A surprising study has found that people who are easily disgusted by strong odors like sweat or urine tend to prefer more authoritarian leaders, and it might all have a lot to do with diseases.

Image credits: Hanna Esser.

Disgust is a basic emotion, and it was a very important tool for survival over countless generations. Disgust is basically a way of saying “I’ll have none of that,” and it’s most commonly related to nasty smells or foods.

Just think about someone being disgusted — it has a lot to do with a person’s senses. The nose is wrinkled or turned away, the eyes partially or entirely closed. The whole body is shutting down its sensorial information, and for a good reason: many things that are disgusting are rotten, dirty, or infectious — you don’t want to be near them, and you certainly don’t want to smell or eat them. Disgust is useful largely because it helps you avoid potential diseases, but different people have different tolerance levels.

Researchers had an idea that there would be a connection between how people are disgusted by smell and how they want their country to be led. The idea is that people who have a strong urge to avoid unpleasant smells would also avoid mingling with other groups of people such as immigrants. They would be against multiculturalism and would fall towards the authoritarian side of the political spectrum, researchers suspected. They were right.

‘There was a solid connection between how strongly someone was disgusted by smells and their desire to have a dictator-like leader who can supress radical protest movements and ensure that different groups “stay in their places”. That type of society reduces contact among different groups and, at least in theory, decreases the chance of becoming ill’, says Jonas Olofsson, who researches scent and psychology at Stockholm University and is one of the authors of the study.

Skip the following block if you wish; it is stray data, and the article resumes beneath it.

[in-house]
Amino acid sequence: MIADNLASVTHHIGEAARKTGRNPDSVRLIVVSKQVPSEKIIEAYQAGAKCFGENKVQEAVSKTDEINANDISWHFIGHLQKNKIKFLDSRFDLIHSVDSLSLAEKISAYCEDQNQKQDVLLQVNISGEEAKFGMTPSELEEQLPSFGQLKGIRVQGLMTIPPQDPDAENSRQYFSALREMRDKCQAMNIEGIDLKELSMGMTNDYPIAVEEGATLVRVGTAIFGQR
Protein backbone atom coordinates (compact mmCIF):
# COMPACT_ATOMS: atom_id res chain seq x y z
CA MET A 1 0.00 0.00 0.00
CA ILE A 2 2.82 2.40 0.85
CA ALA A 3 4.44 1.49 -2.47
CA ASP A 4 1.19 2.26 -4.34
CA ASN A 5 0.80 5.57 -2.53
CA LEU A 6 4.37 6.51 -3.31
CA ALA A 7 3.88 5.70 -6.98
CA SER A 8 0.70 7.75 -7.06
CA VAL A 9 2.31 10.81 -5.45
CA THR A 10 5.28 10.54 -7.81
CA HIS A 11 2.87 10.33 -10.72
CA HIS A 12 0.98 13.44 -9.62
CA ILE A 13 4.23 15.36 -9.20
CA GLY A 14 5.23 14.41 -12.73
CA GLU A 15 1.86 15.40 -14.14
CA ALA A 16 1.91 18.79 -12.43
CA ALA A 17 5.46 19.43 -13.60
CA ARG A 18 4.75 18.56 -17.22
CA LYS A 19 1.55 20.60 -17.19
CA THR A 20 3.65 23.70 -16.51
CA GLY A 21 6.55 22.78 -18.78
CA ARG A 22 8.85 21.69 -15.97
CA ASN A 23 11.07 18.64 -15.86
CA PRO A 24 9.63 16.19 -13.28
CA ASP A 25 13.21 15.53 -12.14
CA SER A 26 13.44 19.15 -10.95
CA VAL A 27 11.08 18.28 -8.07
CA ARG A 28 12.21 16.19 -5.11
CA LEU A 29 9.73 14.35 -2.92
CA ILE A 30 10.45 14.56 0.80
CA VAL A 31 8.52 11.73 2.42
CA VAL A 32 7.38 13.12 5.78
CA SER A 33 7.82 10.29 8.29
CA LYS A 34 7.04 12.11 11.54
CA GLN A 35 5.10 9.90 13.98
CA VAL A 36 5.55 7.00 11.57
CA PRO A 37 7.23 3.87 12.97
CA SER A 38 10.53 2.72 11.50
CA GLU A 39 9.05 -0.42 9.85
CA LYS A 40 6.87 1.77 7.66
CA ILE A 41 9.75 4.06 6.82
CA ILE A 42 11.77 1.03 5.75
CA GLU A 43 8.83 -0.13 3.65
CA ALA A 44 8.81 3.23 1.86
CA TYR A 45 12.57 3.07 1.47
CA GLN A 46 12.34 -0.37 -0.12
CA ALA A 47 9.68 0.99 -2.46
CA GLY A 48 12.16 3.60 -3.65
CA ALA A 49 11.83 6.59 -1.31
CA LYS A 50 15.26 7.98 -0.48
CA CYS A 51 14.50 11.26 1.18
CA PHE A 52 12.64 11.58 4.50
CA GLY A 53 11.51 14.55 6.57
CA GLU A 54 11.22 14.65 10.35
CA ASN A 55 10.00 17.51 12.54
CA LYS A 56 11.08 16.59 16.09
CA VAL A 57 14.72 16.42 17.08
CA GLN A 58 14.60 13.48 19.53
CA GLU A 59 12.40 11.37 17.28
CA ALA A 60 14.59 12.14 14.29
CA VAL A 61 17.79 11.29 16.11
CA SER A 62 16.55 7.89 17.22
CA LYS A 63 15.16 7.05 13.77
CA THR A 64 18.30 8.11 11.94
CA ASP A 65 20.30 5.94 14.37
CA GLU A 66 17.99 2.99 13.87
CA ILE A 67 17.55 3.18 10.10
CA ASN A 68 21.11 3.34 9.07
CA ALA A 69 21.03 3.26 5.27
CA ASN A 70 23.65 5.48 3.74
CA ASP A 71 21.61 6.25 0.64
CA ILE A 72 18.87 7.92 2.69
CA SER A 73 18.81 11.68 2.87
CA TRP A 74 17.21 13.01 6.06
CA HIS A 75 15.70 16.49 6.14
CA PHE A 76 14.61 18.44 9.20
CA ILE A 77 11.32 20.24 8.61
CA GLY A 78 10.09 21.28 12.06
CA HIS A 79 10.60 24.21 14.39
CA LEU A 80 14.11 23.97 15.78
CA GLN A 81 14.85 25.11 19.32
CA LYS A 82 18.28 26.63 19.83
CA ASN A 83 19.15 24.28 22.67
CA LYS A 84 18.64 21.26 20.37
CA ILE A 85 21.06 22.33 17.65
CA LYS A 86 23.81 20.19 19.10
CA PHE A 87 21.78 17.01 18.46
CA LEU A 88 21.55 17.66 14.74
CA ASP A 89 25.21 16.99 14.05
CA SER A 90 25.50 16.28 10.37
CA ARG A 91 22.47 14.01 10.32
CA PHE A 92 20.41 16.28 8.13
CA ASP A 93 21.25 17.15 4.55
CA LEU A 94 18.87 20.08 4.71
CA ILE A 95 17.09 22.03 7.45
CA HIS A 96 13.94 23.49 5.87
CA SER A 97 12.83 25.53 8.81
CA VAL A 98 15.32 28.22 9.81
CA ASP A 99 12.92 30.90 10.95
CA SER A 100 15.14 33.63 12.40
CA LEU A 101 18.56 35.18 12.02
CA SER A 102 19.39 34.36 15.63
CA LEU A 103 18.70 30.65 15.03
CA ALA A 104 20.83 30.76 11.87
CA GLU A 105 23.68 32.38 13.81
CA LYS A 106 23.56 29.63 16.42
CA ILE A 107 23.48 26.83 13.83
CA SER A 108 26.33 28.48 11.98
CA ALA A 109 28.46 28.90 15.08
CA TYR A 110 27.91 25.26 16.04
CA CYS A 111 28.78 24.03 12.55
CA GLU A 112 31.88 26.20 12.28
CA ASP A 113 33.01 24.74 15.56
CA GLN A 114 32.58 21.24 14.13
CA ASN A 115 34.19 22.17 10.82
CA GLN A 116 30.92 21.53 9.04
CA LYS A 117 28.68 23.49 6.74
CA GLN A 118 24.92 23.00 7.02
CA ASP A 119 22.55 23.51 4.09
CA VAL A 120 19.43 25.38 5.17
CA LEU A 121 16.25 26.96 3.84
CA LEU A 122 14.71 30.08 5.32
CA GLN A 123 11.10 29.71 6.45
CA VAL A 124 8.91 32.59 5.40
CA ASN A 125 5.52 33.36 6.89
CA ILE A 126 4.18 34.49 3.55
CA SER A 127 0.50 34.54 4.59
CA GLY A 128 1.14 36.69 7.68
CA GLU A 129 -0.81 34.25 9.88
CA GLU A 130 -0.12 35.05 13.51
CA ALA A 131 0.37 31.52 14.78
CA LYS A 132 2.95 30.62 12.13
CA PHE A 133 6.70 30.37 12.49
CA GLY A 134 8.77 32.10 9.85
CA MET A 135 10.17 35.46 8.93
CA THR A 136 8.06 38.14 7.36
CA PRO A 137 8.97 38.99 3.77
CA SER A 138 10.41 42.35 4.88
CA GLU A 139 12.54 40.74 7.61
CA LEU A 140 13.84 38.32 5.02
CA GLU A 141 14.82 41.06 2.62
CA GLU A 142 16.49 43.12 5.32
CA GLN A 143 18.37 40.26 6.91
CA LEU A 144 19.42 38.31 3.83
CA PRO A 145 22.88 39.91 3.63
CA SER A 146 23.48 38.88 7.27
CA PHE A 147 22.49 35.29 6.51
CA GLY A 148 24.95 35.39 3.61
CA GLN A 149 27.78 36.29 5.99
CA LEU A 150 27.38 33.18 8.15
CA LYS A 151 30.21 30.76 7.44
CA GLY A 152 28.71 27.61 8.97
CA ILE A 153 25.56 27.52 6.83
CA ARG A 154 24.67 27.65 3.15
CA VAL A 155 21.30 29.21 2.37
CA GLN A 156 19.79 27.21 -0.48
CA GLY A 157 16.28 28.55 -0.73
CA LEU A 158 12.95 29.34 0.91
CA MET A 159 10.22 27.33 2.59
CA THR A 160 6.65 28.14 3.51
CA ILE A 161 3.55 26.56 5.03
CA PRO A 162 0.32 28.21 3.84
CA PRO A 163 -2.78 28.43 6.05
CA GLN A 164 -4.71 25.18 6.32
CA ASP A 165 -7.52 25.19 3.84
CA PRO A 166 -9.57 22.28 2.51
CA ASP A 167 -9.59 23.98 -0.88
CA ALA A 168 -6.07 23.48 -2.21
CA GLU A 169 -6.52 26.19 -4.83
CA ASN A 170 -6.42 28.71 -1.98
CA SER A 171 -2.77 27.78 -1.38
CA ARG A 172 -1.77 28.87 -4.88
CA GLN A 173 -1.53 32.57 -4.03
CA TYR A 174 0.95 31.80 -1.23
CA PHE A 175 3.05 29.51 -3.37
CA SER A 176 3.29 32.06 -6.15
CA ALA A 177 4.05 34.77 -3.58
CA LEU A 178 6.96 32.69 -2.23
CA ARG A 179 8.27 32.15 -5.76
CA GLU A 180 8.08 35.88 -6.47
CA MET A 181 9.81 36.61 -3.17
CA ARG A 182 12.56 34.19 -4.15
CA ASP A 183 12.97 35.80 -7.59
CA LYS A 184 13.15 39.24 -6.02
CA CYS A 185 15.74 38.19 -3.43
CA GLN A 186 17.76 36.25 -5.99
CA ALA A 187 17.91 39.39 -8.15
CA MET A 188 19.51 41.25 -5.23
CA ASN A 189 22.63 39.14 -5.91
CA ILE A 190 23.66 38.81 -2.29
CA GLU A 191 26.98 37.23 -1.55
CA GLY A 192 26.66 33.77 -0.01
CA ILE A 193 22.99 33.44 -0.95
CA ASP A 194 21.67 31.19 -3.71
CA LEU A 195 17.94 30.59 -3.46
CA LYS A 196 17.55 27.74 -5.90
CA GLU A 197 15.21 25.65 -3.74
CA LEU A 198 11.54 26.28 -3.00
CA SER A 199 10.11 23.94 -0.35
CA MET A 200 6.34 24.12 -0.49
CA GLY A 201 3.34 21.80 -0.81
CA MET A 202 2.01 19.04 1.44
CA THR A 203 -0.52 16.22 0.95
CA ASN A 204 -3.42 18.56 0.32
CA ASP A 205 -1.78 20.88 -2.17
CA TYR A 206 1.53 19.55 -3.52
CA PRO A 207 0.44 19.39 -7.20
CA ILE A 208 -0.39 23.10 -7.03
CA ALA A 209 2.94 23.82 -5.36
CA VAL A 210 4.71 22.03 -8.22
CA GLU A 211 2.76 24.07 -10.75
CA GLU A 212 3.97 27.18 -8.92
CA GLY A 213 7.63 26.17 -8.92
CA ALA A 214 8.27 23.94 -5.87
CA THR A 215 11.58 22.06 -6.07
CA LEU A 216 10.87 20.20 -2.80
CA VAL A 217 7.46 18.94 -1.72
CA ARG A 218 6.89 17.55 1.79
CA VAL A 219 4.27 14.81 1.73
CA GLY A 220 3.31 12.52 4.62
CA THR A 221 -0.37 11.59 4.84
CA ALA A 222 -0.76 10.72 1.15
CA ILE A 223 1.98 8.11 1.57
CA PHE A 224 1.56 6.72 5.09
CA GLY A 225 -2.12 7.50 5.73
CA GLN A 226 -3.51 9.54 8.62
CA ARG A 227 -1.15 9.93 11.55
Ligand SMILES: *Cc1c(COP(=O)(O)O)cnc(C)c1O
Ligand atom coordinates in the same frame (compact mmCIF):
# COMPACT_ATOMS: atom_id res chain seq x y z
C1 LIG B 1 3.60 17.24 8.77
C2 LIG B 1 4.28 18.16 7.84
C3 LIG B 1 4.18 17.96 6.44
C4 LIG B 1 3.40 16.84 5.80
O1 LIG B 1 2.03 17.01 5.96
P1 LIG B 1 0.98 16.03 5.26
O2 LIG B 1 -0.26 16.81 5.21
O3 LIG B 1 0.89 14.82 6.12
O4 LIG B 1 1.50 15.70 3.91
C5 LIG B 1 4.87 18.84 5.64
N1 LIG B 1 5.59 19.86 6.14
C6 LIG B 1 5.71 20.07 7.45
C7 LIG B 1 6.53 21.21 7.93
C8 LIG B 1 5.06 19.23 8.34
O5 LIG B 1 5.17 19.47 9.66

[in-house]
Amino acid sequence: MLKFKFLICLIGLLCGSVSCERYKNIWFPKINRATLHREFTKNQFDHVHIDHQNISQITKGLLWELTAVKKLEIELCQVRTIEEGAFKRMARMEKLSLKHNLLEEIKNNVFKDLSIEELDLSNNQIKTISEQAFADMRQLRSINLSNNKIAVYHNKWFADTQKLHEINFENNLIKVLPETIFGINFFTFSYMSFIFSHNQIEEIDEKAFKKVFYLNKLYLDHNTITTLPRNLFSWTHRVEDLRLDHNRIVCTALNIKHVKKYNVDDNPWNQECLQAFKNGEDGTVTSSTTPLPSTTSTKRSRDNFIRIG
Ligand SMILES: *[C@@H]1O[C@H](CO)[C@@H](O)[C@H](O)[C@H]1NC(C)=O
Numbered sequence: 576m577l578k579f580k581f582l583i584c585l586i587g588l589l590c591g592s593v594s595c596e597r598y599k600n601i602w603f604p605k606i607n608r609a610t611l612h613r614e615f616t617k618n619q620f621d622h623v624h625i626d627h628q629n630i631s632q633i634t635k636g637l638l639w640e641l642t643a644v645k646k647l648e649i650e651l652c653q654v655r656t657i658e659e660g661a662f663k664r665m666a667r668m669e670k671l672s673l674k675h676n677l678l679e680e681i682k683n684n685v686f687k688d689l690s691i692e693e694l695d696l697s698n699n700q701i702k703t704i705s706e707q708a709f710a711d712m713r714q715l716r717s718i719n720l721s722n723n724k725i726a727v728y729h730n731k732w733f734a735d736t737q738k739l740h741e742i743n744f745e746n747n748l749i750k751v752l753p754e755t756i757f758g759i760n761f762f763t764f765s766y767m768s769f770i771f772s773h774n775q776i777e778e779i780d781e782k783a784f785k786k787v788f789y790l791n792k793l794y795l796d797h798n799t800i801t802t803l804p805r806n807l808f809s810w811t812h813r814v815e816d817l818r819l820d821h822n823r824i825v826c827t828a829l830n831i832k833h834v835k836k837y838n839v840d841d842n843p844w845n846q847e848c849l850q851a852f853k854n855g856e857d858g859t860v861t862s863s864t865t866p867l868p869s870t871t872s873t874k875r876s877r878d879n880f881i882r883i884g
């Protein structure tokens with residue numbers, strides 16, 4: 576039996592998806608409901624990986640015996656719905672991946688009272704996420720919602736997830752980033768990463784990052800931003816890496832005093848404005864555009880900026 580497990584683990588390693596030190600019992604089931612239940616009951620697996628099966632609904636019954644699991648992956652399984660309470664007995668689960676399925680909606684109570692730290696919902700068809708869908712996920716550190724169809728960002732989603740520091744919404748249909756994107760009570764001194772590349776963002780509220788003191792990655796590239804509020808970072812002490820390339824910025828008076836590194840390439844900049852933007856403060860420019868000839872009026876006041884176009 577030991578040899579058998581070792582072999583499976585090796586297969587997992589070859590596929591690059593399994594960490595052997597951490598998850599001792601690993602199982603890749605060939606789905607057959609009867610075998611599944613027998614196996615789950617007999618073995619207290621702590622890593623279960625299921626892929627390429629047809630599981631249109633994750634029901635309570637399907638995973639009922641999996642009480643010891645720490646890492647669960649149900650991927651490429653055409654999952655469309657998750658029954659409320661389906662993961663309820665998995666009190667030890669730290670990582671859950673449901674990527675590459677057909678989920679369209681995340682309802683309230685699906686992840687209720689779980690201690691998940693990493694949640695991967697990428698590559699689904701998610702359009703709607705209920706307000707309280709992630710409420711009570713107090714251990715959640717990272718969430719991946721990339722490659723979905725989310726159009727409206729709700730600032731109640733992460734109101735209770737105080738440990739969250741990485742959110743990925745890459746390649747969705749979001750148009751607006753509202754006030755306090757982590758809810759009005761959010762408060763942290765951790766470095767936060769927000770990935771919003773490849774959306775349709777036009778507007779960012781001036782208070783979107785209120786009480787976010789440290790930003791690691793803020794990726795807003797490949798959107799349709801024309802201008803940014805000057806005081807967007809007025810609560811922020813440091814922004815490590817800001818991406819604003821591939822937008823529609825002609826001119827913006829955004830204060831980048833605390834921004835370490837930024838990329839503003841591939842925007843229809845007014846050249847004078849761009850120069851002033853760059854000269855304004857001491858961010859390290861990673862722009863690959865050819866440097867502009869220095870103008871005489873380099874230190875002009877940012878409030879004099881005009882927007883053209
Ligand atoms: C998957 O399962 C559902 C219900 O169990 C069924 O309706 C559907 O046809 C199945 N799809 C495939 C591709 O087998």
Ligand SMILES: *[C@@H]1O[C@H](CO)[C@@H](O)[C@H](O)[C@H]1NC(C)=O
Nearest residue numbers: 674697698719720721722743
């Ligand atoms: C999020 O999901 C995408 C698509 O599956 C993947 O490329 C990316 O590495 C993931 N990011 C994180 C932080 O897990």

Among other questions, researchers asked international participants to rate their levels of disgust for body odors, both their own and others and then gauged their political preferences, looking for correlations.

While seeming completely unrelated, the connection between smell and politic inclinations does make a lot of sense. After all, if disgust is a means of isolating yourself from unwanted, potentially dangerous, then people who are more easily disgusted might also want to be more isolated from other people which they consider as potentially dangerous. Isolationism and a negative attitude towards immigrants and different groups of people is a trademark of authoritarian governments. Still, it’s remarkable that such a clear correlation can be established between odors and ideology.

’Understanding the shared variance between basic emotional reactivity to potential pathogen cues such as body odours and ideological attitudes that can lead to aggression towards groups perceived as deviant can prompt future investigations on what are the emotional determinants of outgroup derogation. In the next future, this knowledge might inform policies to prevent ethnocentrism’ says Marco Tullio Liuzza from Magna Graecia University of Catanzaro, Italy, also one of the authors.

US participants who were easily disgusted by smells were more likely to vote for Trump — which perfectly fits the theory. Image credits: Gage Skidmore.

Notably, researchers also added an extra question for US participants: how they will vote in the 2016 presidential election. Since Donald Trump ticks the boxes for authoritarianism, he was an excellent example to test the theory. Lo and behold, people who dislike bodily odors the most were more likely to vote for Trump.

This is interesting because Trump himself has often said that other people disgust him physically, and is reportedly obsessed with hygiene.

‘It showed that people who were more disgusted by smells were also more likely to vote for Donald Trump than those who were less sensitive. We thought that was interesting because Donald Trump talks frequently about how different people disgust him. He thinks that women are disgusting and that immigrants spread disease and it comes up often in his rhetoric. It fits with our hypothesis that his supporters would be more easily disgusted themselves’, says Jonas Olofsson.

This seems to suggest that authoritarian beliefs are heavily ingrained in some people’s brains, similarly to smell preferences.

‘The research has shown that the beliefs can change. If contact is created between groups, authoritarians can change. It’s not carved in stone. Quite the opposite, beliefs can be updated when we learn new things.’

However, Jonas Olofsson is optimistic. The most important thing is to keep a communication channel between opposing groups, and change can happen, he says.

‘The research has shown that the beliefs can change. If contact is created between groups, authoritarians can change. It’s not carved in stone. Quite the opposite, beliefs can be updated when we learn new things.’

Journal Reference: Liuzza et al. Body odour disgust sensitivity predicts authoritarian attitudes.

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